if the user wants to do it like a forensic pro, always: make a backup of the backup before proceeding
- unmount whatever filesystem has problems
- make a 1:1 bit-wise-copy with dd of it on a harddisk same size or (better) larger
- detach the copy from the computer and put it in a double-metal casing (EMP protection)
- then the user can safely proceed to mess with the filesystem
what the problem could be:
- never rush, when the user is in a rush, errors happen
- “one fine day” example:
- needed to rebuild an ext3raid1 that kept failing after boot (was not the fault of ext3.. rather harddisk manufacturer (only ENTERPRISE graded harddisk are suitable for raid))
- the good thing about raid1 with two disks:
- both disks contain the same data (not chunks or parts of it or checksums like in raid5 or raid6)
- so both disks can be mounted simply like mount /dev/sda1 /mnt/sda1 and /dev/sdb1 /mnt/sdb1 (also checkout mount single single raid1 disk) so did that then, backuped all data via rsync via usb (PC had only USB 2.0 = 35MBytes/S = SUPER SLOW!) to external harddisk (4TB) (took like 3 days)
- then was rebuild the raid as ext4raid1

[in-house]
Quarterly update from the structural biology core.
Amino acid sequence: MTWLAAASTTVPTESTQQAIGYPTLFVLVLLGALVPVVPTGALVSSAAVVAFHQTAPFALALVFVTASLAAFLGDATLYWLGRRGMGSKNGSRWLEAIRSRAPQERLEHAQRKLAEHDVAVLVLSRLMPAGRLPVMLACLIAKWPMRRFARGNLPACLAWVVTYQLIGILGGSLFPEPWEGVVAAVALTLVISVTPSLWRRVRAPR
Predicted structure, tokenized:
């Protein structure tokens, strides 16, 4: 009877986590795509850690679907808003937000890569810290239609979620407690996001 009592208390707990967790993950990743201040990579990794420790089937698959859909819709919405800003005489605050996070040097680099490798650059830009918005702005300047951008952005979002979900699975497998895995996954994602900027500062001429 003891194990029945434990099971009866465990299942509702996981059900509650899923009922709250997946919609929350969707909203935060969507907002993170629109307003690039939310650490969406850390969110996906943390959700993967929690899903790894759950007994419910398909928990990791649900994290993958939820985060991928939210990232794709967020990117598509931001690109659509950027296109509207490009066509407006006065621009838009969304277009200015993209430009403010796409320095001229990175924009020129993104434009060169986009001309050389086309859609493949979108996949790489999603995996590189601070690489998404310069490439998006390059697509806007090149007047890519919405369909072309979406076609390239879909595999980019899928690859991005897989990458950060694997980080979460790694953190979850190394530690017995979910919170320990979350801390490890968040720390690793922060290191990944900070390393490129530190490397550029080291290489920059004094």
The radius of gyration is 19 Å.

- during the backup restore (another 3 days) phase one was in a rush and paused the restore because needed the USB-SATA-external harddisk casing for something important and thought “hey… maybe one can simply attach the external USB-SATA disk (ext4) internal directly to SATA and have much faster restore speeds”
- well… NO! WRONG! it does not work that way… (might also depend on the USB-SATA adapter) because somehow the “layout” is different and it will not mount with “wrong superblock” problem… also restoring any backup superblocks won’t help here because the other superblocks also contain the wrong layout… so simply put it back in the USB-SATA-external-harddisk adapter and everything mounts fine 🙂
- “one fine day” example:
pretty amazing 😀 BUT ONLY WORKS PROPERLY WITH EXT3! NOT EXT4 🙁
you might want to scroll down to “usage”.
i managed to recover *.aac files that i accidentally deleted with rm -rf ‘*\(1\)*’ (!!!!! YOU NEED TO ESCAPE THOSE \( \) OR YOU WILL STAND THERE WITH AN EMPTY DIRECTORY 😀 (SHIIIIIT)
IF YOU JUST DELETED A BUNCH OF FILES YOU NEED TO RECOVER (ON EXT3)!
POWER-OFF YOUR MACHINE IMMEDIATELY!!
DO AS LITTLE WRITING TO DISK AS POSSIBLE!
1. SAVE ABSOLUTELY NECESSARY CHANGES THEN
2. PULL THE PLUG
3. plugin your KNOPPIX CD/DVD/USB STICK (USB-Stick prefered, because changes stay there)